Sargon II of Assyria Sargon II, captor of Samaria, with a dignitarySargon II (r. 721 BC-705 BC) was an Assyrian king. He took the throne from Shalmanassar V in 722 BC. It is not clear if he was the son of Tiglatpilesar III or a usurper unrelated to the royal family. In his inscriptions, he styles himself as a new man, rarely referring to his predecessors, and he took the name Sharru-kinu, true king, after Sargon of Akkad, a mighty king who had been found in a wicker basket, a child of a temple prostitute and an unknown father. Sargon is the name given by the Bible. Beset by difficulties at the beginning of his rule, Sargon made a pact with the Chaldean Marduk-apla-iddin. He freed all temples, as well as the inhabitants of the towns of Assur and Harran from taxes. While Sargon was thus trying to gain support in Assyria, Marduk-apla-iddin conquered Babylon with the help of the new Elamite king Ummanigash and was crowned king in 721. In 720 Sargon moved against Elam, but the Assyrian host was defeated near Der. Later this year, Sargon defeated a Syrian coalition at Qarqar, which gained him control of Arpad, Simirra and Damascus. Sargon conquered Gaza in Palestine, destroyed Raphia and won a victory over Egyptian troops. On his way back, he had Samaria rebuilt as the capital of the new province of Samerina and settled it with Arabs. In 717 he conquered parts of the Zagros mountains and the Hittite city of Carchemish on the Upper Euphrates. In 716 he moved against the kingdom of Mannai, where the ruler Aza, son of Iranzu, had been deposed by Ullusunu with the help of the Urartians. Sargon took the capital Izirtu, and stationed troops in Parsuash (original home of Persian tribe, on lake Urmia) and Kar-Nergal (Kishesim). He built new bases in Media as well, the main being Harhar and Kar-Sharrukin. In 715, others were to follow: Kar-Nabu, Kar-Sin and Kar-Ishtar, all named after Babylonian gods and resettled by Assyrian subjects. The 8th campaign of Sargon against Urartu in 714 is well known from a letter from Sargon to the god Ashur (found in the town of Assur, now in the Louvre, Paris) and the bas-reliefs in the palace of Dur-Sharrukin. The campaign was probably motivated by the fact that the Urartians had been weakened by incursions of the Cimmerians, a nomadic steppe tribe. One Urartian army had been completely annihilated, and the General Qaqqadanu taken prisoner. The Cimmerians were mentioned a number of times in letters by the crown-prince Sennacherib, who ran his father's intelligence service, that unfortunately cannot be dated exactly, but are believed to have been composed before 713. The letters relate how Sargon crossed the upper and lower Zab and moved over the mountains of Kullar in the direction of Lake Urmia, crossing the country of Zikirtu, whose ruler Metatti had fled to Uishdish, the provinces of Surikash, Allabria and parts of Parsuash. The reliefs show the difficulties of the terrain: the war-chariots had to be dismantled and carried by soldiers (with the king still in the chariot), the latter describes how ways had to be cut into the intractable forests.
After reaching Lake Urmia he turned east and entered Zikirtu and Andia on the Caspian slopes of the Caucasus. When news reached him that king Rusas I of Urartu (730-713 BC) was moving against him, he turned back to Lake Urmia in forced marches and defeated an Urartian army in a steep valley of the Uaush (probably the Sahend, east of Lake Urmia, or further to the South, in Mannaean country), a steep mountain that reached the clouds and whose flanks were covered by snow. The battle is described as the usual carnage, but King Rusas managed to escape. The horses of his chariot had been killed by Assyrian spears, forcing him to ride a mare in order to get away, very unbecoming for a king. Sargon plundered the fertile lands at the southern and western shore of Lake Urmia, felling orchards and burning the harvest. In the royal resort of Ulhu, the wine-cellar of the Urartian kings was plundered; wine was scooped up like water. The Assyrian host then plundered Sangibuti and marched north to Van without meeting resistance, the people having retreated to their castles or fled into the mountains, having been warned by fire-signals. Sargon claims to have destroyed 430 empty villages. After reaching Lake Van, Sargon left Urartu via Uaiaish. In Hubushkia he received the tribute of Nairi. While most of the army returned to Assyria, Sargon went on to sack the Urartian temple of the god Haldi and his wife Bagbartu at Musasir (Ardini). The loot must have been impressive; its description takes up 50 columns in the letter to Assur. More than 1 ton of gold and 5 tons of silver fell into the hands of the Assyrians; 334,000 objects in total. A relief from Dur Sharrukin depicted the sack of Musasir as well (that unfortunately fell into the Tigris in 1846 when Botta transported his loot to Paris). Musasir was annexed. Sargon claims to have lost only one charioteer, 2 horsemen and three couriers on this occasion. King Rusa was understandably despondent when he heard of the loss of Musasir, and fell ill. According to the imperial annals, he took his own life with his own iron sword, like a pig. In 713 Sargon stayed at home; his troops took, among others, Karalla, Tabal and Cilicia. Some Mede rulers offered tribute. In 711, Gurgum was conquered. A rising in Ashdod, supported by Judah, Moab, Edom and Egypt was suppressed, and Ashdod became an Assyrian province. In 710 Sargon felt safe enough in his rule to move against his Babylonian arch-enemy. One army moved against Elam and her new king Shutruk-Nahhunte II (Shutur-Nahundi); the other, under Sargon himself, against Babylon. Sargon laid siege to Babylon, and Marduk-apla-iddin fled. He was finally captured in the swamps of the Shatt-el-Arab (though as he seems to have proven a thorn in the side of Sennacherib later on, this might not have been quite true). Southern Babylonia, settled by nomadic Aramaic tribes, was conquered and turned into the province of Gambulu. After the capture of Marduk-apla-iddin, Babylon yielded to Sargon and he was proclaimed king of Babylonia in 710, thus restoring the dual monarchy of Babylonia and Assyria. He remained in Babylon for three years. In 709, he led the new-year procession as king of Babylon. He had his son, crown-prince Sennacherib, married to the Aramaic noblewoman Naqi'a, and stayed in the south to pacify the Aramaic and Chaldean tribes of the lower Euphrates as well as the Suti nomads. Some areas at the border to Elam were occupied as well.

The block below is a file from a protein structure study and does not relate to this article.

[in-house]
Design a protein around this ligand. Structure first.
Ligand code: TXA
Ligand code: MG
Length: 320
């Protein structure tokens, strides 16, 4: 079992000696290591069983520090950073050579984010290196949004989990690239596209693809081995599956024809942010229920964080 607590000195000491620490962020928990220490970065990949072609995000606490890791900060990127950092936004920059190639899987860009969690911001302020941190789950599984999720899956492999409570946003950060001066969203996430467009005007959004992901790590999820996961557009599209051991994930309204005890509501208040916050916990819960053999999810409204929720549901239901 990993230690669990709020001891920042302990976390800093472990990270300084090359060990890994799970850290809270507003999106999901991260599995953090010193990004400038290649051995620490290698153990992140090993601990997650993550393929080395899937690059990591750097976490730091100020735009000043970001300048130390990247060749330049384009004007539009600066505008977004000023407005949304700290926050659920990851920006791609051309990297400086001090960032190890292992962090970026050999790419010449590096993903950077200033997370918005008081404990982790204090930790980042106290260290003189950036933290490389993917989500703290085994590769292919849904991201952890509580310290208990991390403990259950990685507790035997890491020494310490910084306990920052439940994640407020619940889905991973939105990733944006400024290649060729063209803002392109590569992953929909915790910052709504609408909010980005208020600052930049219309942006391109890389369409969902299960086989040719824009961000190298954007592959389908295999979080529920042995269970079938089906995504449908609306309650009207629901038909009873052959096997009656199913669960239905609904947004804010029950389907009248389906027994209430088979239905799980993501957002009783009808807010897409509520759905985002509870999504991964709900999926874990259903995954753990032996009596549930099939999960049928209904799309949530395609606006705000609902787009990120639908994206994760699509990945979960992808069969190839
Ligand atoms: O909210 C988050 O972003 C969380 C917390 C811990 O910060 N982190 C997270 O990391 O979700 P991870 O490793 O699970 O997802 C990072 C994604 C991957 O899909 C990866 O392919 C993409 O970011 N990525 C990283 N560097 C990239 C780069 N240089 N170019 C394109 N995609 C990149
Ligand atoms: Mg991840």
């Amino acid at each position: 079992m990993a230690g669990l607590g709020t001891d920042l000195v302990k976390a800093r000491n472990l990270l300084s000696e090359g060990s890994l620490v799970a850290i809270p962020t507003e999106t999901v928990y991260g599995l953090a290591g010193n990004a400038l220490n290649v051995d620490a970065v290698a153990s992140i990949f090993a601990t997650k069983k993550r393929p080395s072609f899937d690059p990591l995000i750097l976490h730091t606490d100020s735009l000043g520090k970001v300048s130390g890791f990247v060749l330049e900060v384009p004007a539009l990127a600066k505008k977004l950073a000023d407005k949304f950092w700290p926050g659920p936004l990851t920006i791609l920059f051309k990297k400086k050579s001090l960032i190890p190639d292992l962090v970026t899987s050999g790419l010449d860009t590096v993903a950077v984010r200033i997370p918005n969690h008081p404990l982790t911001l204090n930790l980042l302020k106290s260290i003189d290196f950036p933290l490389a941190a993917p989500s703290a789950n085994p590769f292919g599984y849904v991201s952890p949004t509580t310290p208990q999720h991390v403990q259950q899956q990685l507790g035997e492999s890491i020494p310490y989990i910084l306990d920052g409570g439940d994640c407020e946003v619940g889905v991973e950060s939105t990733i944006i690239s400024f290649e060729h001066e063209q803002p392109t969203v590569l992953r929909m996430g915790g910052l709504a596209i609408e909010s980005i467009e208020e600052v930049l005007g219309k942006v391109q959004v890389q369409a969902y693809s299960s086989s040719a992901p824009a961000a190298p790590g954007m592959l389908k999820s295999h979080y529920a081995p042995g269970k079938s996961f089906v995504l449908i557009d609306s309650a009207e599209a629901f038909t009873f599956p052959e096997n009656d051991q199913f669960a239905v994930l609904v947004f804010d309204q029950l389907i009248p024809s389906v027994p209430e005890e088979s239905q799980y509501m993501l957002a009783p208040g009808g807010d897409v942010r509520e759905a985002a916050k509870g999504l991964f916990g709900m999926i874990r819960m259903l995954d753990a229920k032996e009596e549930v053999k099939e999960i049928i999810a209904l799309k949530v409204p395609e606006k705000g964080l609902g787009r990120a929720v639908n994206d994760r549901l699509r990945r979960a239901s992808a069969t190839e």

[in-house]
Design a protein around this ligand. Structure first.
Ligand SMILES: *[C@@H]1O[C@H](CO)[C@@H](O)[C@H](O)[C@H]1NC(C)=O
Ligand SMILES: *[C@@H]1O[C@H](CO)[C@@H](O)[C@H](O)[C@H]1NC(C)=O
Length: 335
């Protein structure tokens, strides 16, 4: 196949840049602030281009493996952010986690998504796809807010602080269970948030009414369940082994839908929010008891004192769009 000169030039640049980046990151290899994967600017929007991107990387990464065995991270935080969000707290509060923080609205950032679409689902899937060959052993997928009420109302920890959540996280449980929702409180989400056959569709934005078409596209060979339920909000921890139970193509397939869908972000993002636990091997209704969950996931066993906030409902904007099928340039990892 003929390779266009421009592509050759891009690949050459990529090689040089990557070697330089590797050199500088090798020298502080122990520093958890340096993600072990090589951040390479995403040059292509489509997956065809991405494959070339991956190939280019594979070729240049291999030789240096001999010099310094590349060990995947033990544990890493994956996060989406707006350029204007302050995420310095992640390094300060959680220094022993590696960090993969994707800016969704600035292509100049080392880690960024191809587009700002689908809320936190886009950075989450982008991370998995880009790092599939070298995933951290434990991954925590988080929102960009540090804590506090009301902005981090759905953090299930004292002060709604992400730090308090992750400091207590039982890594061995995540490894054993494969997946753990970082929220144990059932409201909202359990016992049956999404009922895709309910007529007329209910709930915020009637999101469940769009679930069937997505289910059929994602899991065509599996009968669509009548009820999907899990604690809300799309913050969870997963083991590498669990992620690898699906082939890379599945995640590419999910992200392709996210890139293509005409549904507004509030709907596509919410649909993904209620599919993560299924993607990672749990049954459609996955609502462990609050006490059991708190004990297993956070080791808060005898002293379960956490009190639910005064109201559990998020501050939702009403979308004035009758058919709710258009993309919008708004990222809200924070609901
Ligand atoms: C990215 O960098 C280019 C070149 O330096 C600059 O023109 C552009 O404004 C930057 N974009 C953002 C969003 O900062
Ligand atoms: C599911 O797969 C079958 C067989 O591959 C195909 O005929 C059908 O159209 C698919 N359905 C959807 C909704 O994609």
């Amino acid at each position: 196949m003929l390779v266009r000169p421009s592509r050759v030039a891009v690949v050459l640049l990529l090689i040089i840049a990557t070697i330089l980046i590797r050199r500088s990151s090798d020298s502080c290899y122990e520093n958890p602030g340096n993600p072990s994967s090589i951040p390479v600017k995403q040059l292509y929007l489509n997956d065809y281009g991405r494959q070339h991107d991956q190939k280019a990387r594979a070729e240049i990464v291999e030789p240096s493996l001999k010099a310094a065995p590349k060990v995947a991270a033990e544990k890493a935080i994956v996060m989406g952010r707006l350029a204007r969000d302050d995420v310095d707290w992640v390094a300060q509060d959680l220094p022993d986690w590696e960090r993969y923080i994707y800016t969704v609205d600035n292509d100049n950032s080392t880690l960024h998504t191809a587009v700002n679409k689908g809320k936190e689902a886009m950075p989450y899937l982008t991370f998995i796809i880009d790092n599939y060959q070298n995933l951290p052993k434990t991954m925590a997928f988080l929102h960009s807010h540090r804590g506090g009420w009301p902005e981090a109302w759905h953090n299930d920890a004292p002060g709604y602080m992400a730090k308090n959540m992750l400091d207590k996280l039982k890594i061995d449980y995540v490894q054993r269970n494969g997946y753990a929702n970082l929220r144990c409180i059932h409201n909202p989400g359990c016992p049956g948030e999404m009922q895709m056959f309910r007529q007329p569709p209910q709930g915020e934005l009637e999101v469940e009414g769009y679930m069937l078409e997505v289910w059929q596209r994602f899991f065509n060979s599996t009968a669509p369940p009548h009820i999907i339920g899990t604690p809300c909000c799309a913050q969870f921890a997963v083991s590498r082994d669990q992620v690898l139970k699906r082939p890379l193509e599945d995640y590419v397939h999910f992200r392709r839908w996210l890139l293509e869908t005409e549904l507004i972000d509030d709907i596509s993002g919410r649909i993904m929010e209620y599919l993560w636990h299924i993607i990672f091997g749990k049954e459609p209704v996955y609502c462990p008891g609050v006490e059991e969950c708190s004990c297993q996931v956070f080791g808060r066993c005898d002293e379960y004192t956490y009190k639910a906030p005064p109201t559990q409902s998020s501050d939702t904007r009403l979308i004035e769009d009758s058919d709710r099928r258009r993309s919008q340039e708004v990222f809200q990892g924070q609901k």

In 710, the seven kings of Ia' (Cyprus) had accepted Assyrian sovereignty; in 709 Midas, king of Phrygia, beset by the nomadic Cimmerians, submitted to Assyrian rule and in 708, Kummuhu (Commagene) became an Assyrian province. Assyria was at the apogee of its power. Urartu had almost succumbed to the Cimmerians, Elam was weakened, Marduk-apla-iddin was momentarily powerless, and the Egyptian influence in Syria was temporarily waning as well. Sargon preferred Niniveh to the traditional capital at Ashur. In 713 he ordered the construction of a new palace and town called Dur-Sharrukin (House of Sargon, Khorsabad), 20 km north of Niniveh at the foot of the Gebel Musri. Land was bought, and the debts of construction workers were nullified in order to attract a sufficient labour force. The land in the environs of the town was taken under cultivation, and olive groves were planted to increase Assyria's deficient oil-production. The town was of rectangular layout and measured 1760 by 1635 m. The length of the walls was 16,280 Assyrian units, corresponding to the numerical value of Sargon's name. The town was partly settled by prisoners of war and deportees under the control of Assyrian officials ,who had to assure they were paying sufficient respect to the gods and the king. The court moved to Dur-Sharrukin in 706, although it was not completely finished yet. In 705, Sargon fell in a campaign against the Cimmerians, who were later to destroy the kingdoms of Urartu and Phrygia before moving even further west. Sargon was followed by his son Sennacherib (Sin-ahhe-eriba, 704-681 BC). Under his rule the Assyrians completed the defeat of the Kingdom of Israel, capturing Samaria after a siege of three years and dispersing the inhabitants. This became the basis of the legend of the Lost Ten Tribes.